Friday, August 27, 2010

Science log 2- Setting sail

One of Liquid Robotic's Wave gliders
Last night at around 9:00 we finally moved out of the Theodore dock, down Mobile Bay, and into the great expanse of the gulf. This first leg of the cruise will last 2 days, Thursday night to Saturday evening. The main purpose of this short cruise is to release the wave glider into the gulf. The wave glider is an autonomous ocean vehicle, created by a company called Liquid Robotics, and commonly described as a robot. This robot is slightly different from most in that it is uses solar energy generated by the solar panels ontop of the 'surfboard' body to power the electronics and has no motor, but is powered by waves.
The glider converts wave motion into forward thrust, thus propelling itself forward. It can travel from .5 to 2 knots depending on the roughness of the sea. The amazing thing about this piece of equipment is that it can be released into the ocean, travel long distances, and collect an array of data, ranging from weather and water temperature, water quality, marine mammal vocalizations, and even take pictures. The plan is to deploy the wave glider early in the morning and then check on it on Saturday on the way back into port. At the same time, vertical cast will occur continuing the collection of water quality data.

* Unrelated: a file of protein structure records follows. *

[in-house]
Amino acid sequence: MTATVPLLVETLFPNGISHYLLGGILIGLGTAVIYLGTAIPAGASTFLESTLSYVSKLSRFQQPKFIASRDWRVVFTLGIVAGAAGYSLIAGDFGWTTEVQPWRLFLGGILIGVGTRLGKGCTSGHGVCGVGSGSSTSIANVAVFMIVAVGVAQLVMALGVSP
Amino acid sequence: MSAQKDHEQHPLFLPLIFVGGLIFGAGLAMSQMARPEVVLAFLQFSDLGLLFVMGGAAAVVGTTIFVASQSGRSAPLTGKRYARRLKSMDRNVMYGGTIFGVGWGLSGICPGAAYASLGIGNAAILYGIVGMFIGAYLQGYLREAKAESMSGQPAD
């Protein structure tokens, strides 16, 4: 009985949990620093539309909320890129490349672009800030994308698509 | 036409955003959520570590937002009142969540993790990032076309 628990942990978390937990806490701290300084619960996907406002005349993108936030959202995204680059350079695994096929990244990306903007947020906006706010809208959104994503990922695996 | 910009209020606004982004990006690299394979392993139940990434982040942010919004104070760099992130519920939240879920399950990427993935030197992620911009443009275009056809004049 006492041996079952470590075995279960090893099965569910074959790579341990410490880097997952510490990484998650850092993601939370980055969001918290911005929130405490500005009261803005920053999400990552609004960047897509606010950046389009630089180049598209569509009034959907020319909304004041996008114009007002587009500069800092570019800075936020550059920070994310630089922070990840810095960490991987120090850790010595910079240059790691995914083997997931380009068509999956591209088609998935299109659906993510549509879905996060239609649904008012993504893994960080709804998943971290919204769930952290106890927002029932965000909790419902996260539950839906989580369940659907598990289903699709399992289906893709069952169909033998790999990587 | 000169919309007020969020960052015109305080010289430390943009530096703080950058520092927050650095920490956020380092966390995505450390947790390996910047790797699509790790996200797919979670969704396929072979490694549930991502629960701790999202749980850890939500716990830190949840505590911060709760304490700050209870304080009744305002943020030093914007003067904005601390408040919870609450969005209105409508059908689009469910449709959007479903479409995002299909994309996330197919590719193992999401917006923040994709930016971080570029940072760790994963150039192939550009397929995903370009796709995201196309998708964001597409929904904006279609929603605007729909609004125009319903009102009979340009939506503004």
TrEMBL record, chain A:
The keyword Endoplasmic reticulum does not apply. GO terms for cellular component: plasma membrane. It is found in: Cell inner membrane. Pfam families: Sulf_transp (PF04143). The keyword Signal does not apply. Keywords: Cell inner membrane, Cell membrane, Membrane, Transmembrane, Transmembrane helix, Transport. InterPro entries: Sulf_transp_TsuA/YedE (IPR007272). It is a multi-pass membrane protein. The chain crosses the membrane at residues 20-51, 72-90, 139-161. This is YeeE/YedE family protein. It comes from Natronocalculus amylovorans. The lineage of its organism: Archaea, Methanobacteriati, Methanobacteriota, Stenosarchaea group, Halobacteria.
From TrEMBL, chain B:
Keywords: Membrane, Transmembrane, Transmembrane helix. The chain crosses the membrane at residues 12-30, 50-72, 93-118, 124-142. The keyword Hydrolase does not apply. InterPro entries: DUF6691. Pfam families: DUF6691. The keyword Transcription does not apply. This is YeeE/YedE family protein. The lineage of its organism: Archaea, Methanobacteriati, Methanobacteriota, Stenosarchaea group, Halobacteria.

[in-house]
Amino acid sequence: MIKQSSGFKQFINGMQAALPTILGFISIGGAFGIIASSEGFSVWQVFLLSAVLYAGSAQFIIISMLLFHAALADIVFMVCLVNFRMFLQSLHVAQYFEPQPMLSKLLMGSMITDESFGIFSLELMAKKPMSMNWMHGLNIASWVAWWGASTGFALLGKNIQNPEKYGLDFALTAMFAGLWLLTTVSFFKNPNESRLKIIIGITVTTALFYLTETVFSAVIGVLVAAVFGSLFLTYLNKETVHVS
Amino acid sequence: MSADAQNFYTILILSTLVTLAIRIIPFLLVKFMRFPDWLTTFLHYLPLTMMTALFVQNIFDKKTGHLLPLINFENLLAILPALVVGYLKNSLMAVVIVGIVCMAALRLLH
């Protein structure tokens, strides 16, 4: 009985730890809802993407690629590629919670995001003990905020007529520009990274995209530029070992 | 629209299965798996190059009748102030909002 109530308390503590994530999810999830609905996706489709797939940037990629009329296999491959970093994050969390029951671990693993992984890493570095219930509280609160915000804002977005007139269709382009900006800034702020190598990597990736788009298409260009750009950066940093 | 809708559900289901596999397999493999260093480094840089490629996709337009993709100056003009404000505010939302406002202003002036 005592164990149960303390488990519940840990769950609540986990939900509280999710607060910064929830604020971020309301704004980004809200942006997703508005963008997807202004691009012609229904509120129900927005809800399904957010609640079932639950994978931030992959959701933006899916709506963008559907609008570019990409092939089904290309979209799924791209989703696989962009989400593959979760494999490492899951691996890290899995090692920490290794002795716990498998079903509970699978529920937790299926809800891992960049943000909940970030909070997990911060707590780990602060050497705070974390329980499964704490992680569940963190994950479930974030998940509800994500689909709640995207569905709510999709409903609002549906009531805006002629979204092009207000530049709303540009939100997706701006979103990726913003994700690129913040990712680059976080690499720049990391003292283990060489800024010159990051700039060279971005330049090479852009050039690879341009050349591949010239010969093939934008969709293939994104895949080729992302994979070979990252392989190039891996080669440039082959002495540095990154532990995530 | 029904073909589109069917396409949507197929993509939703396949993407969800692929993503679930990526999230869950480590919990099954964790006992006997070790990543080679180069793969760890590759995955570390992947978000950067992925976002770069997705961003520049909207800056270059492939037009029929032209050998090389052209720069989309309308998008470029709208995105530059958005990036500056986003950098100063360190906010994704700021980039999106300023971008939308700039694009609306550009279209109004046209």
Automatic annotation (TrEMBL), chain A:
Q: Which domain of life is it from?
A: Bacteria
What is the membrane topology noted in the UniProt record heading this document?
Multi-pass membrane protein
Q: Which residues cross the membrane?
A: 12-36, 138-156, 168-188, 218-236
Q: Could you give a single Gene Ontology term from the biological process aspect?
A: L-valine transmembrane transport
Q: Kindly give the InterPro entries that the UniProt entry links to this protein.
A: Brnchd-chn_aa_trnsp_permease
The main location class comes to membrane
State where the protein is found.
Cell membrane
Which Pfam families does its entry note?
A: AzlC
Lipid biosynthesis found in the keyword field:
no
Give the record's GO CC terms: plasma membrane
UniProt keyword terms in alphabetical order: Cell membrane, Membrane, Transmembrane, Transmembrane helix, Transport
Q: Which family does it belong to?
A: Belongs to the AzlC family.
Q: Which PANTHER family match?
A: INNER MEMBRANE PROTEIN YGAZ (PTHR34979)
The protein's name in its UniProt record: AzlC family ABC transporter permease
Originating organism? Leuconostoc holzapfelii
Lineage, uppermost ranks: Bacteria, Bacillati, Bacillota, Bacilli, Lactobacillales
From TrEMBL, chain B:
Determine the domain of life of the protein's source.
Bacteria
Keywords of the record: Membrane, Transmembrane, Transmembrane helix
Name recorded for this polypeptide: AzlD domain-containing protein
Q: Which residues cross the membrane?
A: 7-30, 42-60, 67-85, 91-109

So after going to bed (at 12:45), I set my alarm for 5:30 in order to get up and watch the deployment. So I crawled out of bed, ate some bisquit and gravy and a to-order omellette (I swear I will gain weight with this sedentary ship life and hearty ship food), and stepped onto the deck. [Safety moment: When on the slippery deck, we must wear a life jacket, hard hat, and steel toe boots].
Once the sun finally peeked over the horizon and the rain began to drizzle we set to work deploying the glider. It was quite successful and we all watched in excitment as it moved quickly away.
All and all, I think it was a succesful deployment. Now to take a nap before my 12:00 shift.

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